This bronze figure of Sobek-Re was once enhanced with inlaid or enamelled colours. It depicts the well-muscled human body of the god with the head of a crocodile, wearing a headdress of ram horns surmounted by a sun-disk and feathers. This manifestation of the god underlines his association with the sun and fertility.
Stelae (decorated stone slabs) often were given as votive offerings to the different forms of Sobek and erected in the temple or in the cemeteries where the sacred crocodiles were buried. The stelae were carved with images of the god and the dedicator. Inscriptions giving the name of the devotee, and a short prayer to the god were frequently also carved on the stelae.
Then we rode back on the horse carriage to the cruise ship for some afternoon tea and some sailing. We sailed to the next stop at the town of Edfu to see Edfu Temple. The Edfu Temple is one of the best preserved temples in Egypt. The temple, dedicated to the falcon god Horus, was built in the Ptolemaic period between 237 and 57 BC. The inscriptions on its walls provide important information on language, myth and religion during the Greco-Roman period in ancient Egypt. In particular, the Temple’s inscribed building texts provide details both of its construction, and also preserve information about the mythical interpretation of this and all other temples as the Island of Creation. There are also important scenes and inscriptions of the Sacred Drama which related the age-old conflict between Horus and Seth.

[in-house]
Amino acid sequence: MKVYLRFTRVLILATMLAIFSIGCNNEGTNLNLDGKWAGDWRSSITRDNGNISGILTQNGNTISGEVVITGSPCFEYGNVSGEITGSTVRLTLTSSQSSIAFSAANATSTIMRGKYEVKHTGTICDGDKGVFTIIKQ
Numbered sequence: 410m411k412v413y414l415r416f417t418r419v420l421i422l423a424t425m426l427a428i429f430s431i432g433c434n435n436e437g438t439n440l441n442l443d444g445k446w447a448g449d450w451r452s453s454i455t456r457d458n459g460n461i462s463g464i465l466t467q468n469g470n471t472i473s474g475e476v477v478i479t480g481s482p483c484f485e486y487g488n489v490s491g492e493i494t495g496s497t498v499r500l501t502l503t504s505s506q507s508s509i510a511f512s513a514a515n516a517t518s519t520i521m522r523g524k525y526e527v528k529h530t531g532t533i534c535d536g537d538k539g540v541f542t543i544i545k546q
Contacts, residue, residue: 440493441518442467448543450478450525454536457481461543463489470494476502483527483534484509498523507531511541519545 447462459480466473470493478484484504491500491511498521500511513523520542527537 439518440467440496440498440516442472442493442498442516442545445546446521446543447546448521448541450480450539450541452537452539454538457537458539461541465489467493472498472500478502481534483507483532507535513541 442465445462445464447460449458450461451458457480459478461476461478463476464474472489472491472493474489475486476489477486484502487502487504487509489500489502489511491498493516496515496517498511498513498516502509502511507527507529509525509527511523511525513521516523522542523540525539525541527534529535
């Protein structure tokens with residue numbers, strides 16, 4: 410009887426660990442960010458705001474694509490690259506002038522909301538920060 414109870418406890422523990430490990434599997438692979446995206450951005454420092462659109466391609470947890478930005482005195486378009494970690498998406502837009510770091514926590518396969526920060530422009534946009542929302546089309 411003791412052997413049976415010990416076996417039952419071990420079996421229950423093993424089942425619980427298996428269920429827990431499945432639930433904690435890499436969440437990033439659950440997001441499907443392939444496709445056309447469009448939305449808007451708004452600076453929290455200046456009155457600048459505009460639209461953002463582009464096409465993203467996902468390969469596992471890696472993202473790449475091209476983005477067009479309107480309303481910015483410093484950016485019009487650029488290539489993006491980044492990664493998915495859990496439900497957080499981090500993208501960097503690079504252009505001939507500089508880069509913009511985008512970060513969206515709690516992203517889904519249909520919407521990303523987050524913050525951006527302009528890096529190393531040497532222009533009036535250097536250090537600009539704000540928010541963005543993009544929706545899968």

Edfu Temple’s size reflects the relative prosperity of the time. The present temple initially consisted of a pillared hall, two transverse halls, and a barque sanctuary surrounded by chapels. It was built on the site of an earlier, smaller temple also dedicated to Horus, although the previous structure was oriented east-west rather than north-south as in the present site. A naos of Nectanebo II, a relic from an earlier building, is preserved in the inner sanctuary, which stands alone while the temple’s barque sanctuary is surrounded by nine chapels.
The temple of Edfu fell into disuse as a religious monument following Theodosius I’s edict banning non-Christian worship within the Roman Empire in 391. As elsewhere, many of the temple’s carved reliefs were razed by followers of the Christian faith which came to dominate Egypt. The blackened ceiling of the hypostyle hall, visible today, is believed to be the result of arson intended to destroy religious imagery that was then considered pagan.
Over the centuries, the temple became buried to a depth of 12 metres beneath drifting desert sand and layers of river silt deposited by the Nile. Local inhabitants built homes directly over the former temple grounds. Only the upper reaches of the temple pylons were visible by 1798, when the temple was identified by a French expedition. The Temple of Edfu is nearly intact and a very good example of an ancient Egyptian temple.
Back onto the cruise ship to head overnight to Luxor!
For more photos of our adventure go to our flickr account here.